The report is in: Do children really understand money?

Do today’s children have any understanding about money at all?

One of Australia’s biggest banks recently surveyed over 1,000 parents and children to assess the parents’ and children’s competencies across five core areas of financial acumen. The results are in! Here’s where the children sit in 2016.

  • Kids definitely understand the concept of earning money (parents are doing a great job teaching kids about earning money)
  • Kids definitely need help with understanding what budgeting means – and it’s not simply numbers on a piece of paper.
  • Kids start to understand the concept of investing around the age of 11 years old
  • Kids are great at saving money – this is fantastic news given the GFC was the result of not saving enough.
  • When kids spend their money, they need a bit of help in working out what to spend their hard-earned money on.
  • Kids from households with income less than $50,000 are just as financially literate as kids from households with income more than $150,000.
  • Kids from households with income less than $50,000 are more financially literate than kids from households with income between $50,000 and $150,000

What were the five core areas of financial acumen?

  1. Spending
  2. Saving
  3. Earning
  4. Budgeting
  5. Investing

Concept of earning

The results found that children had very strong knowledge around the concept of earning money.  This is because more than two-thirds of primary school children (ages 5 – 12 years old) in Australia receives pocket money.  4 out of 5 of these children are expected to complete tasks to earn their pocket money and they understand that they can get more money by doing extra tasks around the home.

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Concept of budgeting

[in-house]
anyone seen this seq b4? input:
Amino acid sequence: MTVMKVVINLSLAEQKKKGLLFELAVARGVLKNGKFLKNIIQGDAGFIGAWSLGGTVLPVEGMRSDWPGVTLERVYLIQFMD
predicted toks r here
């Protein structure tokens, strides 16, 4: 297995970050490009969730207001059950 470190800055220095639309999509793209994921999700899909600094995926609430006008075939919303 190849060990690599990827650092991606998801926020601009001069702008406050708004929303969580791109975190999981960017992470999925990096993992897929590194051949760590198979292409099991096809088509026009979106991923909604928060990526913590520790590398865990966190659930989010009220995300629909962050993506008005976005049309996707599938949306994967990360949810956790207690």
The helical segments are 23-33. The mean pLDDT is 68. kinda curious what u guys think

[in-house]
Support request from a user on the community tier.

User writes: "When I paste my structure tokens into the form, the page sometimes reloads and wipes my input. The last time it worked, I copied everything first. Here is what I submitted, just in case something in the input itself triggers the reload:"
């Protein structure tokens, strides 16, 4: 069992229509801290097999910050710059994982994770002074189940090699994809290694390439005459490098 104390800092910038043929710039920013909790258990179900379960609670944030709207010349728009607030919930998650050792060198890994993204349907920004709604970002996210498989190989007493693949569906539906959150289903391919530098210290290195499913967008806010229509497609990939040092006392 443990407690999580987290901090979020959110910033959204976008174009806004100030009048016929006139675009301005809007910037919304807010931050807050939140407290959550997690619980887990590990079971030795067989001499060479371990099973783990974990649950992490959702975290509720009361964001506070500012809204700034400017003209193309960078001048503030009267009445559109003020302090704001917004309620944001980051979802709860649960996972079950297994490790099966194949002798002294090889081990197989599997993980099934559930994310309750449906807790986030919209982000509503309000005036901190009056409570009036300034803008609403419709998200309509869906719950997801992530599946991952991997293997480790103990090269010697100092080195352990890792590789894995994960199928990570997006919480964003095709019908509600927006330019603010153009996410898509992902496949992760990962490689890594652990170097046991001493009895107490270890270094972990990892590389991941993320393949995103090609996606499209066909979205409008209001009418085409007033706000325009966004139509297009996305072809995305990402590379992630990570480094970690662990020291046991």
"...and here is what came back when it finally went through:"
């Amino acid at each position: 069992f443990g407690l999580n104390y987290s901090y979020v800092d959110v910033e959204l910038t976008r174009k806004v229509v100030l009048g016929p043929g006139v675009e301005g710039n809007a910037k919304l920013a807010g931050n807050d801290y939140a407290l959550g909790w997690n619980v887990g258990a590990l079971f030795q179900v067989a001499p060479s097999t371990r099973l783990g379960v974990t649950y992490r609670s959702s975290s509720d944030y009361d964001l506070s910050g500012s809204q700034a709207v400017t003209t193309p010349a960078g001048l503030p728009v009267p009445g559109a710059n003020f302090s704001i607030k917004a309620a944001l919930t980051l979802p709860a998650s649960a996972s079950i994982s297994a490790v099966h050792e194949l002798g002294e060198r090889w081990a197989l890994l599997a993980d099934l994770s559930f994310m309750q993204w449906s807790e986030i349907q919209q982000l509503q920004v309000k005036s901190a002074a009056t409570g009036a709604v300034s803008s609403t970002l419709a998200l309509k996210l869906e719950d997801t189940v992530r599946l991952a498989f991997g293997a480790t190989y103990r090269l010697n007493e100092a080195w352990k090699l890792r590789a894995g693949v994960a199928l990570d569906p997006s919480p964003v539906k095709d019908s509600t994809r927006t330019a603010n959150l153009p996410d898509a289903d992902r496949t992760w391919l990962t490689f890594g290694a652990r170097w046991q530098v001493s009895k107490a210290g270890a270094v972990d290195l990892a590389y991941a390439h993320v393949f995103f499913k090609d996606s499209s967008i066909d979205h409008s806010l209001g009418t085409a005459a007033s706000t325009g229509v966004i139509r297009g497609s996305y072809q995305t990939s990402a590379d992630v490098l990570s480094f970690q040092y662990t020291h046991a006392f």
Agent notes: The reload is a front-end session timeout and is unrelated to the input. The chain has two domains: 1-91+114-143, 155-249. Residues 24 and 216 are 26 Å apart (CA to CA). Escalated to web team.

The survey also found the parents’ strongest skillset was in budgeting however surprisingly budgeting was a weakness in the children’s knowledge.  Whilst half of the children know what a budget is, the other half think a budget is simply a sheet of paper with numbers on it.

This means parents are teaching their children the concept of earning money, but we are not passing down our skills in budgeting.

Concept of investing 

The survey also found that most children struggled with the concept of delayed gratification, with over half of the children surveyed saying they would take $5 now over a larger amount later. However, all is not lost, because the survey also revealed that the 11-12 year olds are more likely to wait for more money.  This shows that perhaps the concept of delayed gratification begins to ‘click’ at around this age.

Image result for budgeting
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Concept of saving and spending

It is delightful to find that nearly 70% of children surveyed said they liked saving more than they like spending.  However, when the children spend their hard-earned money, nearly half of the children surveyed think it’s more important to spend on things they want rather than over things they need.

Rich parents vs poor parents

The survey confirms that it is not only the rich who are capable of teaching their children good money habits. In fact, children from ‘poor’ households (those with income less than $50,000) scored better than children in mid-income households.  So, financially savvy children do not necessarily come from rich parents!

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